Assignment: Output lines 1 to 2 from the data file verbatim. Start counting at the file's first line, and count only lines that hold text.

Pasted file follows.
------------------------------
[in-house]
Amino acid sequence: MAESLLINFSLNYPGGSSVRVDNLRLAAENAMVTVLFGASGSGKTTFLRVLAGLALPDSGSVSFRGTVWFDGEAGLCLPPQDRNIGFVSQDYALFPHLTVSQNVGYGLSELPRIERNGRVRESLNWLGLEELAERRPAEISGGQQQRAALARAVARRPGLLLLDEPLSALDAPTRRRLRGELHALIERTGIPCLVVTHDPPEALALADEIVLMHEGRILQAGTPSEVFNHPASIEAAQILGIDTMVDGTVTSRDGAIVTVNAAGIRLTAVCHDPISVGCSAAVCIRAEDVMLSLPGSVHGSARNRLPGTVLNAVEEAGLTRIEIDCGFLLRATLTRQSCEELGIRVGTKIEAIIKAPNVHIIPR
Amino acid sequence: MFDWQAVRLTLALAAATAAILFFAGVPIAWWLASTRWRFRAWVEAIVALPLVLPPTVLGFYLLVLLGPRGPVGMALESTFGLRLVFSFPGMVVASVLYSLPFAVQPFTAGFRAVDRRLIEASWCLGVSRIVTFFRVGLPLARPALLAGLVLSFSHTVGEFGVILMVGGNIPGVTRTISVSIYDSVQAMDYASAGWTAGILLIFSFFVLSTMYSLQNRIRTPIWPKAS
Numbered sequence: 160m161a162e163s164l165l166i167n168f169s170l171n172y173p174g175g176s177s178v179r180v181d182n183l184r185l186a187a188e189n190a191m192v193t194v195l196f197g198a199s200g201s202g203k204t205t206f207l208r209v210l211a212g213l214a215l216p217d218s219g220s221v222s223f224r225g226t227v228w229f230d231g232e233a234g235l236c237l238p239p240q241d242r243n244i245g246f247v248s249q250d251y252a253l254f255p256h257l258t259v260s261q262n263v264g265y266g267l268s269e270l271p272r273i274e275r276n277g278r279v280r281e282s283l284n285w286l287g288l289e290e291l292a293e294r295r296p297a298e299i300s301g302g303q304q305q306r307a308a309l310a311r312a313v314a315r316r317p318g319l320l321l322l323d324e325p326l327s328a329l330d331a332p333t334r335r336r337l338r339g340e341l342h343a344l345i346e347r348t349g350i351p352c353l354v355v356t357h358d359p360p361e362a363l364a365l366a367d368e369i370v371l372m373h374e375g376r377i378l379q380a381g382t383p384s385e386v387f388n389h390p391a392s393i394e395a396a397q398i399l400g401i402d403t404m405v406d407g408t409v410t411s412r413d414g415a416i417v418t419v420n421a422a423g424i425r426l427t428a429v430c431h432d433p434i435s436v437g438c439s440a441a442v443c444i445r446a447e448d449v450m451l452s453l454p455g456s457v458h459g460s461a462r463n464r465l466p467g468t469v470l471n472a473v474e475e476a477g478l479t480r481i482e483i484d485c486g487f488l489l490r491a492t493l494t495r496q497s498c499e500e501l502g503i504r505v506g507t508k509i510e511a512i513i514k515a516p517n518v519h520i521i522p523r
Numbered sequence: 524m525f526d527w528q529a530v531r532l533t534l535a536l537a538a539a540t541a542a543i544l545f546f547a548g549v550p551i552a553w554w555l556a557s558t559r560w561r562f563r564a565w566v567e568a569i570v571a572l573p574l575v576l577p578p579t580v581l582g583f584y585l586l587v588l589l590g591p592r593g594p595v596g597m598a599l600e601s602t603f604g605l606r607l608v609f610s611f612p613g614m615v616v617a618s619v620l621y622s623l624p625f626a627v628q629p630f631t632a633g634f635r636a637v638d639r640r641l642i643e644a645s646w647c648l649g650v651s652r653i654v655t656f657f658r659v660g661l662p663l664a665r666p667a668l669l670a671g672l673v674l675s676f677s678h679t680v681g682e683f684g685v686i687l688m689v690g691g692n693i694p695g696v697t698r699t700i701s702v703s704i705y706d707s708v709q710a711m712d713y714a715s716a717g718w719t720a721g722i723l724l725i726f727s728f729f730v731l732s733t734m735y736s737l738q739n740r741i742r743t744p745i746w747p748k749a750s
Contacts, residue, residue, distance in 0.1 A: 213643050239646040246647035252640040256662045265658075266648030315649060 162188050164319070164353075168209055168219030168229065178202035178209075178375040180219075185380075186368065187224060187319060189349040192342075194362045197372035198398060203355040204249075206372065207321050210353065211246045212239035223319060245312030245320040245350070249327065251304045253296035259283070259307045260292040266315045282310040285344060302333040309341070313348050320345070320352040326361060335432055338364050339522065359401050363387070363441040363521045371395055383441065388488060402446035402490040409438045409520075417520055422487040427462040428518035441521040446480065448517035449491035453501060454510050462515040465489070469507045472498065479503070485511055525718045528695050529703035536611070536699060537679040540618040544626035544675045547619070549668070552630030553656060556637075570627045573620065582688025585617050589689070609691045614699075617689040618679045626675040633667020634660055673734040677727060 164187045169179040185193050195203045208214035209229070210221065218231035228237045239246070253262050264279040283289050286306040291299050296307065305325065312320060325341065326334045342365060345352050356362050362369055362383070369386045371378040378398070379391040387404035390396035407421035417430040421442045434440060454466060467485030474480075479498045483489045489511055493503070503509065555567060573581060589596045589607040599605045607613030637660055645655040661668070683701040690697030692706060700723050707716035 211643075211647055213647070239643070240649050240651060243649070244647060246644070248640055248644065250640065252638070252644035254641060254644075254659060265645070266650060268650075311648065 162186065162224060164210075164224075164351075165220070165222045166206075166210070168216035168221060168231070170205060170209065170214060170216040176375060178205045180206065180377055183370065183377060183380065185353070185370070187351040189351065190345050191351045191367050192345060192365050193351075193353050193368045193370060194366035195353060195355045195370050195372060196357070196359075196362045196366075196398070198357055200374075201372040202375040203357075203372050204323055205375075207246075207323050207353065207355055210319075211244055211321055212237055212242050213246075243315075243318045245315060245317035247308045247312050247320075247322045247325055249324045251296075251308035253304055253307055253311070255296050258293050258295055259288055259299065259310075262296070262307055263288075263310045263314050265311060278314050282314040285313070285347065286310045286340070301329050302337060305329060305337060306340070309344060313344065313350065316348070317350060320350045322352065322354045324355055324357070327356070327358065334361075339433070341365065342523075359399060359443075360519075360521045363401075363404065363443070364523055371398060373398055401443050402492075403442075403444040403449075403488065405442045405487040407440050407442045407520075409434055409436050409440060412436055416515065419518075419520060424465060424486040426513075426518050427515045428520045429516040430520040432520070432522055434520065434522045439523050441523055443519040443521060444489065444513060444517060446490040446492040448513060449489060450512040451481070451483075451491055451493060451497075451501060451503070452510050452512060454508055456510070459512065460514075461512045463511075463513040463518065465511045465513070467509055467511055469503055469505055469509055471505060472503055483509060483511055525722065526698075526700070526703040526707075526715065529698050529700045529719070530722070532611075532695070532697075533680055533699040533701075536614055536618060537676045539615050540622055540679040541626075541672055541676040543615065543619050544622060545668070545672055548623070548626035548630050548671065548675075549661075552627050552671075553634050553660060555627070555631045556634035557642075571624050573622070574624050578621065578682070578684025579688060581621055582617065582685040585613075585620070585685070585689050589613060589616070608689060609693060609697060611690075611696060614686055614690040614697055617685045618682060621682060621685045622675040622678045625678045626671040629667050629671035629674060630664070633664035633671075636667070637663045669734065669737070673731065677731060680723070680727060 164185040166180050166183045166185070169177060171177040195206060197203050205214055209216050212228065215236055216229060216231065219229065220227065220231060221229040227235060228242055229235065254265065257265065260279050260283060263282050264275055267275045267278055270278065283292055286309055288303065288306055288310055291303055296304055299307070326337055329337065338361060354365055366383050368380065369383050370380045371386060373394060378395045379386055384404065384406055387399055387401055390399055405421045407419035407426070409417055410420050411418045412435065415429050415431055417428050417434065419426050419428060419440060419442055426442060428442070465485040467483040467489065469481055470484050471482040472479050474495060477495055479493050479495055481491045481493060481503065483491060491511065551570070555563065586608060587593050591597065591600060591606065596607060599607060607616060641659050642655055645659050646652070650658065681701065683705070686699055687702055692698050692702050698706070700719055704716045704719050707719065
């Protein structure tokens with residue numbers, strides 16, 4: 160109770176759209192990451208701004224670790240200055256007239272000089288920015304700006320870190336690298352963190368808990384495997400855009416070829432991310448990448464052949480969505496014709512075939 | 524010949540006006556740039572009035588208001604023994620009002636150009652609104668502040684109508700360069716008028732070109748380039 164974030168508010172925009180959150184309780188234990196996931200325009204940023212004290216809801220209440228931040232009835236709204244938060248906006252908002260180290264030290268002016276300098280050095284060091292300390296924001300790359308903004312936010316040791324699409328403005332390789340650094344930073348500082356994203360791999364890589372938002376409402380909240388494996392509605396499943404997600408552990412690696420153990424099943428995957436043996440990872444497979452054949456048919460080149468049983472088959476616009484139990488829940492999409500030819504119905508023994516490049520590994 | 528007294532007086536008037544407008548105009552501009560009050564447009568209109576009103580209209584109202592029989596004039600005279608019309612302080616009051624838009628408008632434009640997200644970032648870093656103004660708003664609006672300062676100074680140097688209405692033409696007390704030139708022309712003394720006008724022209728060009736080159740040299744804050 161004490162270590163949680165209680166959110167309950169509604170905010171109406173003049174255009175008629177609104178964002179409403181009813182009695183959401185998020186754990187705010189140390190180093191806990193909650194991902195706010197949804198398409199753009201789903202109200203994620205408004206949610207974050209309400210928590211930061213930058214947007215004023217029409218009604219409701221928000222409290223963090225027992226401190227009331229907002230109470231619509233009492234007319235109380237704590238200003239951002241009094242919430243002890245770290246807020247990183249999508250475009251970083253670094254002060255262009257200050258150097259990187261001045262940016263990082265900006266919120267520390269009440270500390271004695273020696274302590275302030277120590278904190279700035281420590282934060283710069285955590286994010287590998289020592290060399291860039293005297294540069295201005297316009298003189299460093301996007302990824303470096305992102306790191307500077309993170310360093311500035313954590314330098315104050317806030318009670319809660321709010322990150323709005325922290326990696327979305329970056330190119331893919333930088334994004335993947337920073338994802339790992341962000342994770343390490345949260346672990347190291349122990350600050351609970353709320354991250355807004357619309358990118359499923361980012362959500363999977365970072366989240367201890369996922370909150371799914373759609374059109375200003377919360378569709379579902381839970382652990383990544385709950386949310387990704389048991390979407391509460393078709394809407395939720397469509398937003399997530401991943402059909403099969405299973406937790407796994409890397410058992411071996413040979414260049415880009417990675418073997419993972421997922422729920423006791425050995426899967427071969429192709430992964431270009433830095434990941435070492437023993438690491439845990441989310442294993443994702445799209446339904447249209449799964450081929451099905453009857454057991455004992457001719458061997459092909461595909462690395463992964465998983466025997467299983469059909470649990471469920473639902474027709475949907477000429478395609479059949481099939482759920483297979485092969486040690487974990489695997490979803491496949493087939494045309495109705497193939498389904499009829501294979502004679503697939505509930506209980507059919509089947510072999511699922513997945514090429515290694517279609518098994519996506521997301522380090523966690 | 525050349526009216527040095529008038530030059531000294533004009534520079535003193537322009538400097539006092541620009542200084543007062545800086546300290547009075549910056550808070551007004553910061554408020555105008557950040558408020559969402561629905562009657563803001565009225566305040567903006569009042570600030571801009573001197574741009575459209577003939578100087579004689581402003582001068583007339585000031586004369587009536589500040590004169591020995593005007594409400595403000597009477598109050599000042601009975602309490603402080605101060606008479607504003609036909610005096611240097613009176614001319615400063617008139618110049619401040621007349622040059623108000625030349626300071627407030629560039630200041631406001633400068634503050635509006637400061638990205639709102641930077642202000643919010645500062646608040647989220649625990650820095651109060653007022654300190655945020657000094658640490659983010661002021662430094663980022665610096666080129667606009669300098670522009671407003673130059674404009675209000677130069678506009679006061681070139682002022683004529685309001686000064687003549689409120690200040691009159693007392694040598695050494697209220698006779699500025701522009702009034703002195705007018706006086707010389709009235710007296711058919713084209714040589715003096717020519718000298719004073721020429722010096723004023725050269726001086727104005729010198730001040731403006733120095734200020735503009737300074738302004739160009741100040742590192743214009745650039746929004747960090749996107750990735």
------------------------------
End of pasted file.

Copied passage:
[in-house]
Amino acid sequence: MAESLLINFSLNYPGGSSVRVDNLRLAAENAMVTVLFGASGSGKTTFLRVLAGLALPDSGSVSFRGTVWFDGEAGLCLPPQDRNIGFVSQDYALFPHLTVSQNVGYGLSELPRIERNGRVRESLNWLGLEELAERRPAEISGGQQQRAALARAVARRPGLLLLDEPLSALDAPTRRRLRGELHALIERTGIPCLVVTHDPPEALALADEIVLMHEGRILQAGTPSEVFNHPASIEAAQILGIDTMVDGTVTSRDGAIVTVNAAGIRLTAVCHDPISVGCSAAVCIRAEDVMLSLPGSVHGSARNRLPGTVLNAVEEAGLTRIEIDCGFLLRATLTRQSCEELGIRVGTKIEAIIKAPNVHIIPR